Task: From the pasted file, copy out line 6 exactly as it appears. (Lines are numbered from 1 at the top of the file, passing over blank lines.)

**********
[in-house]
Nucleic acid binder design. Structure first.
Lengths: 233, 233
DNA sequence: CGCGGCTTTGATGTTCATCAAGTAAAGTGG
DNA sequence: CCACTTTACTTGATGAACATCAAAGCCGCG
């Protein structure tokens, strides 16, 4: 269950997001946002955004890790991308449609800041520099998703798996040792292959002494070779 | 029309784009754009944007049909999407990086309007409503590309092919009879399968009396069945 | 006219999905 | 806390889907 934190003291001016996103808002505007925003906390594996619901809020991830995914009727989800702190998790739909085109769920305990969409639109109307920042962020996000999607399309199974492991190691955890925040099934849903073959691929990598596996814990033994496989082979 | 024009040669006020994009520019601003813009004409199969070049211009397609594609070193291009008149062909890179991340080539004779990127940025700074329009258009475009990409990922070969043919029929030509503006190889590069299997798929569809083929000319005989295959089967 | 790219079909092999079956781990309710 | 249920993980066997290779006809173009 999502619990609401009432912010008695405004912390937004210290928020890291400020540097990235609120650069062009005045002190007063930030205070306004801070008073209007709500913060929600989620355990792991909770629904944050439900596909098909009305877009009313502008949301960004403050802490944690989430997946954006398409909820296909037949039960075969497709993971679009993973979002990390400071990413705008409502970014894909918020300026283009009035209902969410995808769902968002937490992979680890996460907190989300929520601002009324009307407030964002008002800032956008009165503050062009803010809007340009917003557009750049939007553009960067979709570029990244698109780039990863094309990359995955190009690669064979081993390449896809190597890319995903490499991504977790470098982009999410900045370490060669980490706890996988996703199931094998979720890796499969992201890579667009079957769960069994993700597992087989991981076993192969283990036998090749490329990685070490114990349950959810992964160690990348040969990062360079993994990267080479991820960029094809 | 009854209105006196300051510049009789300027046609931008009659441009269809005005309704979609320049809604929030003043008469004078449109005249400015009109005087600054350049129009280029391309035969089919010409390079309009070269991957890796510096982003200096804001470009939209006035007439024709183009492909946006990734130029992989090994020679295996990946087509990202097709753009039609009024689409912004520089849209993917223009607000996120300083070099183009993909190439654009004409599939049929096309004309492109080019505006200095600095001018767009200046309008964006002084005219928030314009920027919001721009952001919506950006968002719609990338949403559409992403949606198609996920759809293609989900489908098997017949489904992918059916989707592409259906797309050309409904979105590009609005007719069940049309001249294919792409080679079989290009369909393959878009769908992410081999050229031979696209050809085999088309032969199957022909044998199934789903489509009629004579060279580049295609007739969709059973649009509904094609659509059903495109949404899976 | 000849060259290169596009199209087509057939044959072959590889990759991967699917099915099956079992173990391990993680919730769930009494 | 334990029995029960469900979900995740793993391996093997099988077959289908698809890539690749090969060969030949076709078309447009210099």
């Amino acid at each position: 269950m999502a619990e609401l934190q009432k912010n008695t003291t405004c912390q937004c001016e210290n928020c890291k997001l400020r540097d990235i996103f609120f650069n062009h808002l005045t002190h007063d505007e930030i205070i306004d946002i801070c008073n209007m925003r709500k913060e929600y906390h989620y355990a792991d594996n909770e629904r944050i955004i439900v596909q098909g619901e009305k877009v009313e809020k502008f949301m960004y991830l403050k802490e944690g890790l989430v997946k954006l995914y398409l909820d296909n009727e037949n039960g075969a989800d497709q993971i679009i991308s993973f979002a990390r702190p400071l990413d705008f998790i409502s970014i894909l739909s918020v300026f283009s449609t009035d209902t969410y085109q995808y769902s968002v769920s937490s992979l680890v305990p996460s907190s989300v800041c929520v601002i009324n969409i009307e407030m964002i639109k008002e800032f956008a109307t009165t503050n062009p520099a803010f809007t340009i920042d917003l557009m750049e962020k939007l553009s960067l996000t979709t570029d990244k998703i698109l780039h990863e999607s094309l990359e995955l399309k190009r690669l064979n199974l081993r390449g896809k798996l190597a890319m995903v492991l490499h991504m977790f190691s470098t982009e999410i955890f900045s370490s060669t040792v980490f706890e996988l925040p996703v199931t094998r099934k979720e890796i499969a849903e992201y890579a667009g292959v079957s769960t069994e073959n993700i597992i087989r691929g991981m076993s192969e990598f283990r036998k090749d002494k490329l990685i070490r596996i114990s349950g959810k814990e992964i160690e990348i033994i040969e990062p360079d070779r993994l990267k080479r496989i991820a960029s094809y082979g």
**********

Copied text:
């Protein structure tokens, strides 16, 4: 269950997001946002955004890790991308449609800041520099998703798996040792292959002494070779 | 029309784009754009944007049909999407990086309007409503590309092919009879399968009396069945 | 006219999905 | 806390889907 934190003291001016996103808002505007925003906390594996619901809020991830995914009727989800702190998790739909085109769920305990969409639109109307920042962020996000999607399309199974492991190691955890925040099934849903073959691929990598596996814990033994496989082979 | 024009040669006020994009520019601003813009004409199969070049211009397609594609070193291009008149062909890179991340080539004779990127940025700074329009258009475009990409990922070969043919029929030509503006190889590069299997798929569809083929000319005989295959089967 | 790219079909092999079956781990309710 | 249920993980066997290779006809173009 999502619990609401009432912010008695405004912390937004210290928020890291400020540097990235609120650069062009005045002190007063930030205070306004801070008073209007709500913060929600989620355990792991909770629904944050439900596909098909009305877009009313502008949301960004403050802490944690989430997946954006398409909820296909037949039960075969497709993971679009993973979002990390400071990413705008409502970014894909918020300026283009009035209902969410995808769902968002937490992979680890996460907190989300929520601002009324009307407030964002008002800032956008009165503050062009803010809007340009917003557009750049939007553009960067979709570029990244698109780039990863094309990359995955190009690669064979081993390449896809190597890319995903490499991504977790470098982009999410900045370490060669980490706890996988996703199931094998979720890796499969992201890579667009079957769960069994993700597992087989991981076993192969283990036998090749490329990685070490114990349950959810992964160690990348040969990062360079993994990267080479991820960029094809 | 009854209105006196300051510049009789300027046609931008009659441009269809005005309704979609320049809604929030003043008469004078449109005249400015009109005087600054350049129009280029391309035969089919010409390079309009070269991957890796510096982003200096804001470009939209006035007439024709183009492909946006990734130029992989090994020679295996990946087509990202097709753009039609009024689409912004520089849209993917223009607000996120300083070099183009993909190439654009004409599939049929096309004309492109080019505006200095600095001018767009200046309008964006002084005219928030314009920027919001721009952001919506950006968002719609990338949403559409992403949606198609996920759809293609989900489908098997017949489904992918059916989707592409259906797309050309409904979105590009609005007719069940049309001249294919792409080679079989290009369909393959878009769908992410081999050229031979696209050809085999088309032969199957022909044998199934789903489509009629004579060279580049295609007739969709059973649009509904094609659509059903495109949404899976 | 000849060259290169596009199209087509057939044959072959590889990759991967699917099915099956079992173990391990993680919730769930009494 | 334990029995029960469900979900995740793993391996093997099988077959289908698809890539690749090969060969030949076709078309447009210099």